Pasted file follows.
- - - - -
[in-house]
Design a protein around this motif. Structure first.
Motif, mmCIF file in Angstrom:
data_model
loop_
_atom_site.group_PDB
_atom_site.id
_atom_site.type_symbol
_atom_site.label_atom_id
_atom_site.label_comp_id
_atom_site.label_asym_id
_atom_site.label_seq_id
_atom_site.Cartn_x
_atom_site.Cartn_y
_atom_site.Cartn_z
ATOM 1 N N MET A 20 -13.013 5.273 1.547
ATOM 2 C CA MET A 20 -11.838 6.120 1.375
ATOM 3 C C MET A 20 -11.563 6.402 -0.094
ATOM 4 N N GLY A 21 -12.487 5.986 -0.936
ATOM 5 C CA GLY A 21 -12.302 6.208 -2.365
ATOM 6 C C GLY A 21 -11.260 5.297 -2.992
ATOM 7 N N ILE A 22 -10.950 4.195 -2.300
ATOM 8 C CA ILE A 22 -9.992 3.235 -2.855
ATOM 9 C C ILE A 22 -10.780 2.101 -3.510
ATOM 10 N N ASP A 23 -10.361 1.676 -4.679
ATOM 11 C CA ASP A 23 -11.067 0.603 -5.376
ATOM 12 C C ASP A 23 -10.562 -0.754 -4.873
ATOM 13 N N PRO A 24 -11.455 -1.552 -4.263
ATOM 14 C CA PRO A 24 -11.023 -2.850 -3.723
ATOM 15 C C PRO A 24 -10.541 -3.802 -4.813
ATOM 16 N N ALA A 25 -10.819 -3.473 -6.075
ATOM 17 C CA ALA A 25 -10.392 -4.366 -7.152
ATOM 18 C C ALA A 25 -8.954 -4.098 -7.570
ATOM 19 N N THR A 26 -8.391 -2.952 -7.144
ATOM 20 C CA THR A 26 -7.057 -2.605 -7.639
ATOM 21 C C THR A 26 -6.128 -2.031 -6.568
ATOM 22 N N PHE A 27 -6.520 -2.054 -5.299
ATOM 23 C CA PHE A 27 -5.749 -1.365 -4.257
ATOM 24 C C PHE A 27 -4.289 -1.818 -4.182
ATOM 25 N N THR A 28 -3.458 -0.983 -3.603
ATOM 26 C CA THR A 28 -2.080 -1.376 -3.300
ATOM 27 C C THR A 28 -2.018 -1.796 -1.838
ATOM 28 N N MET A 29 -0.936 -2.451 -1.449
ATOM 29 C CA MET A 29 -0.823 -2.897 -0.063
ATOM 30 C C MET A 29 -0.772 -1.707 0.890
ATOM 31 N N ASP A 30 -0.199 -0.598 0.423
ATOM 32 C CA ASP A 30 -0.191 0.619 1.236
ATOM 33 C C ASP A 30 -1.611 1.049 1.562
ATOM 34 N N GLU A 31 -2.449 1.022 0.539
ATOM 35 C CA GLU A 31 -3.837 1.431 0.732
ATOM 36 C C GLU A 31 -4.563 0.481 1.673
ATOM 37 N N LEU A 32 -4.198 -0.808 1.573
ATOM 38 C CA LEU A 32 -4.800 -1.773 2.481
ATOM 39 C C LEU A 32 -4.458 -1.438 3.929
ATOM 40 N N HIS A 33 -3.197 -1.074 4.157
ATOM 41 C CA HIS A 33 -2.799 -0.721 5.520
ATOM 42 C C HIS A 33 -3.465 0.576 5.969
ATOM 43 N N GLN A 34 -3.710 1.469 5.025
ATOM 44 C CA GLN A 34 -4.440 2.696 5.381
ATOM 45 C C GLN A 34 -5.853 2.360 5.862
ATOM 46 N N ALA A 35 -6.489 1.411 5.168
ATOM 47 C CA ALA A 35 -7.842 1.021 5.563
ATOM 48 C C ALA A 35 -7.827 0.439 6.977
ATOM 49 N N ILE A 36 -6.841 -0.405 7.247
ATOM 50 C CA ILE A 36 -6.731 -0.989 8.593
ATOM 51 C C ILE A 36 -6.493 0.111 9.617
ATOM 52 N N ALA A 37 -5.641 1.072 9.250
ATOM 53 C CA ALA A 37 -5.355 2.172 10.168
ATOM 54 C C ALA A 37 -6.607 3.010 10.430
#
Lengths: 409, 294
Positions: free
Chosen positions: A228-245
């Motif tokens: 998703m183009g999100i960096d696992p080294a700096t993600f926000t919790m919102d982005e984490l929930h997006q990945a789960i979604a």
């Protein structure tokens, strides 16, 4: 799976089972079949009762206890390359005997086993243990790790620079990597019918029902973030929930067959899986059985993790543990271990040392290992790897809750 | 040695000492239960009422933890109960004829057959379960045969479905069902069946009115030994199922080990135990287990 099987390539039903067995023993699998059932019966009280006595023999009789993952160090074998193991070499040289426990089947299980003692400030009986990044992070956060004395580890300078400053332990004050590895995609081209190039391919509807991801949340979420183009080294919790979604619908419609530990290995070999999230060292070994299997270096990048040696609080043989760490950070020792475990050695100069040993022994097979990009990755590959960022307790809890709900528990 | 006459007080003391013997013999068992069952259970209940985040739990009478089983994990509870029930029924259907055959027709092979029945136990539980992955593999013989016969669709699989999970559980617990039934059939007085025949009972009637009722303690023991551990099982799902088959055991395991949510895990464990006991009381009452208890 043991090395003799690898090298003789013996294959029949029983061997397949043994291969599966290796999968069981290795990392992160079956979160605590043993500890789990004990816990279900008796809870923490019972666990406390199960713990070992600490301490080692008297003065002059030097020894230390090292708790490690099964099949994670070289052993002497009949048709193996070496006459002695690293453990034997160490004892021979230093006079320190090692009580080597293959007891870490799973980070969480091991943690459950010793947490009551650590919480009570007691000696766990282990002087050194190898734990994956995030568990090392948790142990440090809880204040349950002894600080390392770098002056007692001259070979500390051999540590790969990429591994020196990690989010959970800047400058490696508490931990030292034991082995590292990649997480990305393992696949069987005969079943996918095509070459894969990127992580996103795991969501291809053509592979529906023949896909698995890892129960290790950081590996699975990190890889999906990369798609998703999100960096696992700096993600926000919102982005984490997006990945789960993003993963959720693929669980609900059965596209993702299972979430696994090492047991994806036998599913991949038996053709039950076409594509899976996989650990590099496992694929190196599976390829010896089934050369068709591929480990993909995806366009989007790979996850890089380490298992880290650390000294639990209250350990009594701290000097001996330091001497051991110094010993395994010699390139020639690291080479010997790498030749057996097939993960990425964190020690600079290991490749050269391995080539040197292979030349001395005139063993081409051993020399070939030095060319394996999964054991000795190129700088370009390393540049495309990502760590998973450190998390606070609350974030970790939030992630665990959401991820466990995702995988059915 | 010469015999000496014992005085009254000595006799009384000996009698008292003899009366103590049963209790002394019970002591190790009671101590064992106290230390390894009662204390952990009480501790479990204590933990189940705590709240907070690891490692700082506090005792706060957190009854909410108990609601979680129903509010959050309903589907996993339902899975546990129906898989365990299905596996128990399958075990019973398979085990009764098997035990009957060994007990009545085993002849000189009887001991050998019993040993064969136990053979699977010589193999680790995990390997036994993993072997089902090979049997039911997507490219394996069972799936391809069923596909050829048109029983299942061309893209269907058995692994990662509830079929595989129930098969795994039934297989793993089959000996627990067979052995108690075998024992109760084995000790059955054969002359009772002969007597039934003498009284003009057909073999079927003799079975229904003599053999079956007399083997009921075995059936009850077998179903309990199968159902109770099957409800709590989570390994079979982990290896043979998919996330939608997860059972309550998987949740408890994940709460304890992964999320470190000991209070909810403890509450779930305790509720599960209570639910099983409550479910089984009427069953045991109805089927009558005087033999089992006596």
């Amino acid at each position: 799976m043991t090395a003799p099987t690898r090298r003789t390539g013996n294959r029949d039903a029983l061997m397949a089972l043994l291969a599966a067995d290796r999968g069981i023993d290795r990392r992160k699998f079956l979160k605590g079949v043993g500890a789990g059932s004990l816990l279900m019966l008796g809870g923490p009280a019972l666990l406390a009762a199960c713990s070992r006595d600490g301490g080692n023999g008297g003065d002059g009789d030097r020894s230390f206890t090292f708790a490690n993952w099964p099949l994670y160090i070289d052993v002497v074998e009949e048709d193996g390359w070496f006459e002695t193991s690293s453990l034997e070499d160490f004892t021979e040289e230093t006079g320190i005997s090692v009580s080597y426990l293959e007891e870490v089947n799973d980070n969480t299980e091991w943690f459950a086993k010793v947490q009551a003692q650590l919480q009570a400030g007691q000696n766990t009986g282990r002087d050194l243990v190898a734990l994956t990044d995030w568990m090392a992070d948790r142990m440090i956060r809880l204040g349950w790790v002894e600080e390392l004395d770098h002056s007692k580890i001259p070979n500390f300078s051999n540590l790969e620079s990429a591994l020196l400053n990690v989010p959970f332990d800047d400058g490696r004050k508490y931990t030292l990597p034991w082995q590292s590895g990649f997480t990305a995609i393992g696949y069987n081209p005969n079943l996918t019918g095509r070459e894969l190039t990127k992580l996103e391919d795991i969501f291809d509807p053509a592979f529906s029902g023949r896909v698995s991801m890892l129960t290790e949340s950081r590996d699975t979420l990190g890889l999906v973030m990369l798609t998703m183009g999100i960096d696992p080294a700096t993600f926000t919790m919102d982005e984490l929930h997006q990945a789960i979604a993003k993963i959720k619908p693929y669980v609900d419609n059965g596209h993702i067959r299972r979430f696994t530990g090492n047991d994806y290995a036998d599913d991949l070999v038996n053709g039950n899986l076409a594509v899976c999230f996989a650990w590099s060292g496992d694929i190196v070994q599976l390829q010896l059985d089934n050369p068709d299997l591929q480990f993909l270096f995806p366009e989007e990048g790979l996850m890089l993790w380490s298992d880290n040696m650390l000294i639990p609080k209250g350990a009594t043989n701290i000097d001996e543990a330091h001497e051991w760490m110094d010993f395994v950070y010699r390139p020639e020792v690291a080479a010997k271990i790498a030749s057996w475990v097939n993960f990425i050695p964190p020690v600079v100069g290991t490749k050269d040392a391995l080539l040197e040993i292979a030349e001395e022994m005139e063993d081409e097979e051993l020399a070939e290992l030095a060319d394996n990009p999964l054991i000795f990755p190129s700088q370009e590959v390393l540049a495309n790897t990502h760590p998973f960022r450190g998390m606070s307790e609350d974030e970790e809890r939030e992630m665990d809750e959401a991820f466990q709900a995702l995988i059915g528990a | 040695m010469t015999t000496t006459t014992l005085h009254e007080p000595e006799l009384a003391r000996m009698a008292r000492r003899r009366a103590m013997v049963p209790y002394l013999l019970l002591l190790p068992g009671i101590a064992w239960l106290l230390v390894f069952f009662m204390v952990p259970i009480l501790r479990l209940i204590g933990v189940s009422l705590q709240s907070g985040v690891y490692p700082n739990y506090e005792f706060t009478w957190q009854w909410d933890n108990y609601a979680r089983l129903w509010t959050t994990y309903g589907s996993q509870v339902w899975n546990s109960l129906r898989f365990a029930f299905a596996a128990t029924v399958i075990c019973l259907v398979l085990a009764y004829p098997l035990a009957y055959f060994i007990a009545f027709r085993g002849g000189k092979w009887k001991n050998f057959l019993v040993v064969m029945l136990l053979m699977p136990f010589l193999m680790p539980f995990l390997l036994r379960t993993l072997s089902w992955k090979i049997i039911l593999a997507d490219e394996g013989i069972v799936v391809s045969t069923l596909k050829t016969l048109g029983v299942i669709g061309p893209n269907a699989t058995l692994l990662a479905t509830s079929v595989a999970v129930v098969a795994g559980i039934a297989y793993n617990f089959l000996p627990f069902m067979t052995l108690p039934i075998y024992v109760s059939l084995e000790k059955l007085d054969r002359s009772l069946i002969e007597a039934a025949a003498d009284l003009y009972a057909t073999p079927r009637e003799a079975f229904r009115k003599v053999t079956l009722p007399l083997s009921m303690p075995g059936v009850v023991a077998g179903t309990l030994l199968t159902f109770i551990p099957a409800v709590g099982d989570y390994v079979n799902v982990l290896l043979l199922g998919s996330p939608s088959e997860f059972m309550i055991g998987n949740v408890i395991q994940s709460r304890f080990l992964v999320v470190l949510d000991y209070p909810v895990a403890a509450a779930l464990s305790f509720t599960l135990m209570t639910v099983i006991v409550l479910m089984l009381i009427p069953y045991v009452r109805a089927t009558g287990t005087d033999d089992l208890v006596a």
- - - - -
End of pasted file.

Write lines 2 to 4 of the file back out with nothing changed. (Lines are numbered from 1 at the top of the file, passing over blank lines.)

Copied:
Design a protein around this motif. Structure first.
Motif, mmCIF file in Angstrom:
data_model